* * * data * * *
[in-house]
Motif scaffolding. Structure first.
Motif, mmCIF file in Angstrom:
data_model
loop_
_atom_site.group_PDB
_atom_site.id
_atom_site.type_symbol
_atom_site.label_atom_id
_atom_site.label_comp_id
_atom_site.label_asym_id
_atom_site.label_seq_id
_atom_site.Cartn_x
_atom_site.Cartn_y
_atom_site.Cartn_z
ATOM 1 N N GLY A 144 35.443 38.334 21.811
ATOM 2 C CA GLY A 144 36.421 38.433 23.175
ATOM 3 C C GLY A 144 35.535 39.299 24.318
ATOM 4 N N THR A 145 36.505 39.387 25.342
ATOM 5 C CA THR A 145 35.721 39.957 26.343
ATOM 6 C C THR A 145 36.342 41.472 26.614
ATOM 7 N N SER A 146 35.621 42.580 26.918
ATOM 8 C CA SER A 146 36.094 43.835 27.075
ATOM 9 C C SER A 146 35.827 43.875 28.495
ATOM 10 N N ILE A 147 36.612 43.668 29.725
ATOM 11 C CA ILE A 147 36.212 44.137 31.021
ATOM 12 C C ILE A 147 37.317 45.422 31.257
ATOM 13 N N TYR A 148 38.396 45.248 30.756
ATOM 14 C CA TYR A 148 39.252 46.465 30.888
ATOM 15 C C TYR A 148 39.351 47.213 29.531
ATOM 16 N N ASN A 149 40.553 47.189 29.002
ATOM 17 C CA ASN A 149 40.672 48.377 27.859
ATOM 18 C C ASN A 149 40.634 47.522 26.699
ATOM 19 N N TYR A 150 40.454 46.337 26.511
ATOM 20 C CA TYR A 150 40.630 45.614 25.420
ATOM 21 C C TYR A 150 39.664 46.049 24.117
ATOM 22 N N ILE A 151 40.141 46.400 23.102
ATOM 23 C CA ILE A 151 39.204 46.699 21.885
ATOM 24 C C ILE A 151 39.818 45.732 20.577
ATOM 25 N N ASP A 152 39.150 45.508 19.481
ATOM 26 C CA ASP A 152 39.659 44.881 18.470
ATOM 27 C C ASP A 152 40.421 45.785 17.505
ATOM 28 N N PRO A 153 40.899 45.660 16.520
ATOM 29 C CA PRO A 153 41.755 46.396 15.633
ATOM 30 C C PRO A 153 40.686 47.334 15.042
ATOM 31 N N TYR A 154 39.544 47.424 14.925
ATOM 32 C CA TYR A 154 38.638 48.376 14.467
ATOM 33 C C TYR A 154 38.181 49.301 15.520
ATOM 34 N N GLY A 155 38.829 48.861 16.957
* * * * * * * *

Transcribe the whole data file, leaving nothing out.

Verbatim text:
[in-house]
Motif scaffolding. Structure first.
Motif, mmCIF file in Angstrom:
data_model
loop_
_atom_site.group_PDB
_atom_site.id
_atom_site.type_symbol
_atom_site.label_atom_id
_atom_site.label_comp_id
_atom_site.label_asym_id
_atom_site.label_seq_id
_atom_site.Cartn_x
_atom_site.Cartn_y
_atom_site.Cartn_z
ATOM 1 N N GLY A 144 35.443 38.334 21.811
ATOM 2 C CA GLY A 144 36.421 38.433 23.175
ATOM 3 C C GLY A 144 35.535 39.299 24.318
ATOM 4 N N THR A 145 36.505 39.387 25.342
ATOM 5 C CA THR A 145 35.721 39.957 26.343
ATOM 6 C C THR A 145 36.342 41.472 26.614
ATOM 7 N N SER A 146 35.621 42.580 26.918
ATOM 8 C CA SER A 146 36.094 43.835 27.075
ATOM 9 C C SER A 146 35.827 43.875 28.495
ATOM 10 N N ILE A 147 36.612 43.668 29.725
ATOM 11 C CA ILE A 147 36.212 44.137 31.021
ATOM 12 C C ILE A 147 37.317 45.422 31.257
ATOM 13 N N TYR A 148 38.396 45.248 30.756
ATOM 14 C CA TYR A 148 39.252 46.465 30.888
ATOM 15 C C TYR A 148 39.351 47.213 29.531
ATOM 16 N N ASN A 149 40.553 47.189 29.002
ATOM 17 C CA ASN A 149 40.672 48.377 27.859
ATOM 18 C C ASN A 149 40.634 47.522 26.699
ATOM 19 N N TYR A 150 40.454 46.337 26.511
ATOM 20 C CA TYR A 150 40.630 45.614 25.420
ATOM 21 C C TYR A 150 39.664 46.049 24.117
ATOM 22 N N ILE A 151 40.141 46.400 23.102
ATOM 23 C CA ILE A 151 39.204 46.699 21.885
ATOM 24 C C ILE A 151 39.818 45.732 20.577
ATOM 25 N N ASP A 152 39.150 45.508 19.481
ATOM 26 C CA ASP A 152 39.659 44.881 18.470
ATOM 27 C C ASP A 152 40.421 45.785 17.505
ATOM 28 N N PRO A 153 40.899 45.660 16.520
ATOM 29 C CA PRO A 153 41.755 46.396 15.633
ATOM 30 C C PRO A 153 40.686 47.334 15.042
ATOM 31 N N TYR A 154 39.544 47.424 14.925
ATOM 32 C CA TYR A 154 38.638 48.376 14.467
ATOM 33 C C TYR A 154 38.181 49.301 15.520
ATOM 34 N N GLY A 155 38.829 48.861 16.957